Post Office: Government officials weighed up sacking Vennells in 2014


Getty Images Ex-Post Office chief executive Paula Vennells surrounded by police and media, pictured in May when she appeared at the Horizon inquiryGetty Images

Government officials weighed up sacking Paula Vennells as the Post Office’s chief executive in 2014 some five years before she resigned, an inquiry has heard.

According to internal government documents revealed at the long-running inquiry into the Horizon scandal, they had concerns about whether she was the right person to lead the group.

One issue was the perception that she was “unable to work with personalities that provide robust challenge to her”.

Alice Perkins, who chaired the Post Office at the time and faced a second day of questioning by lawyers on Thursday, denied that Ms Vennells had surrounded herself with “yes-men and yes-women”.

But she admitted that she herself started to have doubts in 2014 about Ms Vennells’ ability to lead the Post Office, which is owned by the government.

Ms Vennells continued as chief executive until 2019 during which time she received bonuses. She was subsequently awarded a CBE “for services to the Post Office and to charity”.

She handed the CBE back earlier this year before being formally stripped of the honour.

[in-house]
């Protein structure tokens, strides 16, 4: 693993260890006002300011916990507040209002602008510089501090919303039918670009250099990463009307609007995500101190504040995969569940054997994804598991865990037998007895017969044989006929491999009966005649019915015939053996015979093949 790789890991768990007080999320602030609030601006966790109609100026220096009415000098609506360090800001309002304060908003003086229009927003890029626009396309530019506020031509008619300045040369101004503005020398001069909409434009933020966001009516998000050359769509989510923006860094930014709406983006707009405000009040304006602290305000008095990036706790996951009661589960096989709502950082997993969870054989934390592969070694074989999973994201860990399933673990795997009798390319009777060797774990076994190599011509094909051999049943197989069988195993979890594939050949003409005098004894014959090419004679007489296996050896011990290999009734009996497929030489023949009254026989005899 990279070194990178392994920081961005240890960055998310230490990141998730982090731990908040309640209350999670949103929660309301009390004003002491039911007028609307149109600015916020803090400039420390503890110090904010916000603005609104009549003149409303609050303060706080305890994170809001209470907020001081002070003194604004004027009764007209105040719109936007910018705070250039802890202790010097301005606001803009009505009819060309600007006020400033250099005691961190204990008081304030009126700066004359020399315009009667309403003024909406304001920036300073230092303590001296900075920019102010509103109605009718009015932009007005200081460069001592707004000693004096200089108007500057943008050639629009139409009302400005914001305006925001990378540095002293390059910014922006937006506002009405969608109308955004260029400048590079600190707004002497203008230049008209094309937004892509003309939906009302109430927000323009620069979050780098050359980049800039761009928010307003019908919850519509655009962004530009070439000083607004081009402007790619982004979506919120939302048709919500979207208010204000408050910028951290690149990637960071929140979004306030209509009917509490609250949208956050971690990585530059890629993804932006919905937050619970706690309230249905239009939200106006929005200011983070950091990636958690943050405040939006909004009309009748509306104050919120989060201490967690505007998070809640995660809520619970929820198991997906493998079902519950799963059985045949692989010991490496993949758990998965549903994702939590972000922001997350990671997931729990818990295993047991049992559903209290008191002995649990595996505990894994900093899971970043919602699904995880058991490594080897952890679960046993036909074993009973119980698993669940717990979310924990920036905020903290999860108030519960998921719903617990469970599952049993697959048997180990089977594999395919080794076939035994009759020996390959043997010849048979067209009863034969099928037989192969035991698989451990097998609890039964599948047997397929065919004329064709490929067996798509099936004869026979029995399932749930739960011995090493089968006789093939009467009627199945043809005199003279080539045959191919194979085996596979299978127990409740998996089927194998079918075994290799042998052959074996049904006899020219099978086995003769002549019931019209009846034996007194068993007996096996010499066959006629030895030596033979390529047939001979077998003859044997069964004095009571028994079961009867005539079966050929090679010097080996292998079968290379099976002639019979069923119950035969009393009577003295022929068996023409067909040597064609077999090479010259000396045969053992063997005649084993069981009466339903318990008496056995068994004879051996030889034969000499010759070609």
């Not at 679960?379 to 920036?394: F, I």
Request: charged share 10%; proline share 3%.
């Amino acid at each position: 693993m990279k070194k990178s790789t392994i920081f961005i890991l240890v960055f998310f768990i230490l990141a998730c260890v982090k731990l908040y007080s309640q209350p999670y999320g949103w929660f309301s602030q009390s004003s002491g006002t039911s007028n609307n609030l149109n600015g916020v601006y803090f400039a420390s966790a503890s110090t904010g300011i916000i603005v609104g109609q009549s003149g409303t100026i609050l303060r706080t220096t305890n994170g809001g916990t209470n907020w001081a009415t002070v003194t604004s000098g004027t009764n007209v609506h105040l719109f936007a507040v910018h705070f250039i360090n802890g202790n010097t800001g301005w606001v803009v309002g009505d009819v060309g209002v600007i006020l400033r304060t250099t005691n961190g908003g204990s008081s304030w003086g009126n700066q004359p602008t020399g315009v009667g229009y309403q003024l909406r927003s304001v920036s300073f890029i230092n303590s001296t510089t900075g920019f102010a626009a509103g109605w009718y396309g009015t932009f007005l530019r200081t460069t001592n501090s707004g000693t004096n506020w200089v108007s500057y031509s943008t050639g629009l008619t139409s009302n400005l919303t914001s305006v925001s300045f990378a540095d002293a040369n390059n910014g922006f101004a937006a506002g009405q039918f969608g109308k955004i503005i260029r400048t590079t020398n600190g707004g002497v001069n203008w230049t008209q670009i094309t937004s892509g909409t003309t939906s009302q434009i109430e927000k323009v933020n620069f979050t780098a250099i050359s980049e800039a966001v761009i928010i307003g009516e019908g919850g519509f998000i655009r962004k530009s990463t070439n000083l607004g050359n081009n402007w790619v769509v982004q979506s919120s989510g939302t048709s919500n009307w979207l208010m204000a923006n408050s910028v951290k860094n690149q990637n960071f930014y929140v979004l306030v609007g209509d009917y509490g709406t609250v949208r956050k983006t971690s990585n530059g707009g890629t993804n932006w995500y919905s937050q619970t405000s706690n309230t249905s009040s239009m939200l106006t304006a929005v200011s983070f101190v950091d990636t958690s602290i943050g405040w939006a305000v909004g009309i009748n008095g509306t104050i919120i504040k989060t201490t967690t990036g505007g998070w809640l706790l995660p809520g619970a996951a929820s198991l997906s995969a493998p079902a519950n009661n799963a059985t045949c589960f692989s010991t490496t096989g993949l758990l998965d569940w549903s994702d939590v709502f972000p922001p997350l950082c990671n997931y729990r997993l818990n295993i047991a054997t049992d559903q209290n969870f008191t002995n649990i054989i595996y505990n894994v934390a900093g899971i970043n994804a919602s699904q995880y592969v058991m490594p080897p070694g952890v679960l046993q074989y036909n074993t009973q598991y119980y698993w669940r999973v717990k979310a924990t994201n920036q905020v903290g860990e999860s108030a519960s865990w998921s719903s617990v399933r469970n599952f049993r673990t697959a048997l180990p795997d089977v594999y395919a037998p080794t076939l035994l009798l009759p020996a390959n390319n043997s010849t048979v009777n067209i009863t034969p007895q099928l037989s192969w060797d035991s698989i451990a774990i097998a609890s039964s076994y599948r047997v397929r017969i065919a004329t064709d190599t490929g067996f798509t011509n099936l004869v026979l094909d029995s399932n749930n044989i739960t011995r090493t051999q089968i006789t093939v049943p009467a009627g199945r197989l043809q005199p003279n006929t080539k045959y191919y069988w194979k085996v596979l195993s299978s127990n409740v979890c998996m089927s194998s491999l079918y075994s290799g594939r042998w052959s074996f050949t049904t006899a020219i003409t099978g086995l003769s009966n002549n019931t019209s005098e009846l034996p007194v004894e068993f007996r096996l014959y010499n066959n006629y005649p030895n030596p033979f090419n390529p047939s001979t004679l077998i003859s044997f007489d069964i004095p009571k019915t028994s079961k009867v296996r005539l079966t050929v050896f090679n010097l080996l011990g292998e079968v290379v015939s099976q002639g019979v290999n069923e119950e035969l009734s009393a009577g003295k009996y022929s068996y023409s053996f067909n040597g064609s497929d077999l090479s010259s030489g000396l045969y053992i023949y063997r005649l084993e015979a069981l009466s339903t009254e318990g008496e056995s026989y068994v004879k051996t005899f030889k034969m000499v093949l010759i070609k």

The officials wrote in February 2014 that “advice from the recent annual review suggested that the [Post Office] team give careful consideration to the continued suitability of Paula Vennells as chief executive”.

“There is a general consensus that Paula is no longer the right person to lead [the Post Office], but justification is anecdotal,” they wrote.

The documents revealed that officials had a number of concerns about Ms Vennells, including that she had not managed to grow Post Office revenue in line with a 2010 plan.

Ms Perkins said it was not her view that Ms Vennells was averse to being challenged, but added that there had been “some tension” between Ms Vennells and Susan Barton, who was the Post Office’s strategy director at the time.

Lead counsel for the inquiry, Jason Beer KC, asked whether Ms Vennells “preferred to have yes-men and yes-women around her, surrounding herself with a coterie of trusted lieutenants: [such as executives] Mark Davies, Angela van den Bogerd, [and] Lesley Sewell?”

Ms Perkins replied: “I don’t think that would be a fair characterisation.”

Commenting on the internal government documents discussing Ms Vennells’ future, Ms Perkins told the inquiry that they were “complete news” to her.

But she said: “In this period in 2014, I did start, and I wasn’t alone in this, to have reservations about Paula’s ability to lead the Post Office in the circumstances which it found itself in.”

This included Ms Vennells’ grip on issues including the Horizon IT system.

From 1999 to 2015 hundreds of sub-postmasters were prosecuted for offences such as fraud and false accounting on the strength of faulty Horizon data.

Ms Perkins said she had concerns a decade ago that Ms Vennells was “relying too much” on her executive colleagues for both IT and legal knowledge and there was “too much passing on of other people’s views” when she talked to the board.

“What she was relying on were words that other people had written for her, rather than her own words,” Ms Perkins said.

The Post Office operates as a private company, but is wholly owned by the government.

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